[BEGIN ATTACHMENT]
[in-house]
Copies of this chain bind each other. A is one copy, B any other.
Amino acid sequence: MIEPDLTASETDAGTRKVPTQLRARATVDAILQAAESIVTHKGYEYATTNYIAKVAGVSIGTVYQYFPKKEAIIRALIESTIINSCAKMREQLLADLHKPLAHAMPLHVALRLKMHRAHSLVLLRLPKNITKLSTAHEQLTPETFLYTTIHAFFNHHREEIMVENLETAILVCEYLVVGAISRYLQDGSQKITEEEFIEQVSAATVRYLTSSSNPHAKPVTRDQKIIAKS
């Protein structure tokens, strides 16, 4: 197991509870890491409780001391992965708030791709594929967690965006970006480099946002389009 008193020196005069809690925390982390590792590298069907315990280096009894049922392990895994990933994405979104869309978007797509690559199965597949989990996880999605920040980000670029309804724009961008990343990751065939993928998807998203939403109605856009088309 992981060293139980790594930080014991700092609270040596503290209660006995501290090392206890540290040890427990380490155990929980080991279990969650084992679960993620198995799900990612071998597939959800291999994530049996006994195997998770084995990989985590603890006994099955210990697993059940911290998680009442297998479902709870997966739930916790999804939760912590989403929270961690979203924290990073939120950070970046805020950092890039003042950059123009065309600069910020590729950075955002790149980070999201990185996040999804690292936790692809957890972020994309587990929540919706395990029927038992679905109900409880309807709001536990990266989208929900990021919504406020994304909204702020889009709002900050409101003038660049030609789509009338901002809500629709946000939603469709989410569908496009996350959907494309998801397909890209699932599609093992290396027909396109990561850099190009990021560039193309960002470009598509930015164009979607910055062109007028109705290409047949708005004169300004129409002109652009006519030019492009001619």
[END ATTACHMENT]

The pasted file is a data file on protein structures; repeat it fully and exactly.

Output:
[in-house]
Copies of this chain bind each other. A is one copy, B any other.
Amino acid sequence: MIEPDLTASETDAGTRKVPTQLRARATVDAILQAAESIVTHKGYEYATTNYIAKVAGVSIGTVYQYFPKKEAIIRALIESTIINSCAKMREQLLADLHKPLAHAMPLHVALRLKMHRAHSLVLLRLPKNITKLSTAHEQLTPETFLYTTIHAFFNHHREEIMVENLETAILVCEYLVVGAISRYLQDGSQKITEEEFIEQVSAATVRYLTSSSNPHAKPVTRDQKIIAKS
């Protein structure tokens, strides 16, 4: 197991509870890491409780001391992965708030791709594929967690965006970006480099946002389009 008193020196005069809690925390982390590792590298069907315990280096009894049922392990895994990933994405979104869309978007797509690559199965597949989990996880999605920040980000670029309804724009961008990343990751065939993928998807998203939403109605856009088309 992981060293139980790594930080014991700092609270040596503290209660006995501290090392206890540290040890427990380490155990929980080991279990969650084992679960993620198995799900990612071998597939959800291999994530049996006994195997998770084995990989985590603890006994099955210990697993059940911290998680009442297998479902709870997966739930916790999804939760912590989403929270961690979203924290990073939120950070970046805020950092890039003042950059123009065309600069910020590729950075955002790149980070999201990185996040999804690292936790692809957890972020994309587990929540919706395990029927038992679905109900409880309807709001536990990266989208929900990021919504406020994304909204702020889009709002900050409101003038660049030609789509009338901002809500629709946000939603469709989410569908496009996350959907494309998801397909890209699932599609093992290396027909396109990561850099190009990021560039193309960002470009598509930015164009979607910055062109007028109705290409047949708005004169300004129409002109652009006519030019492009001619």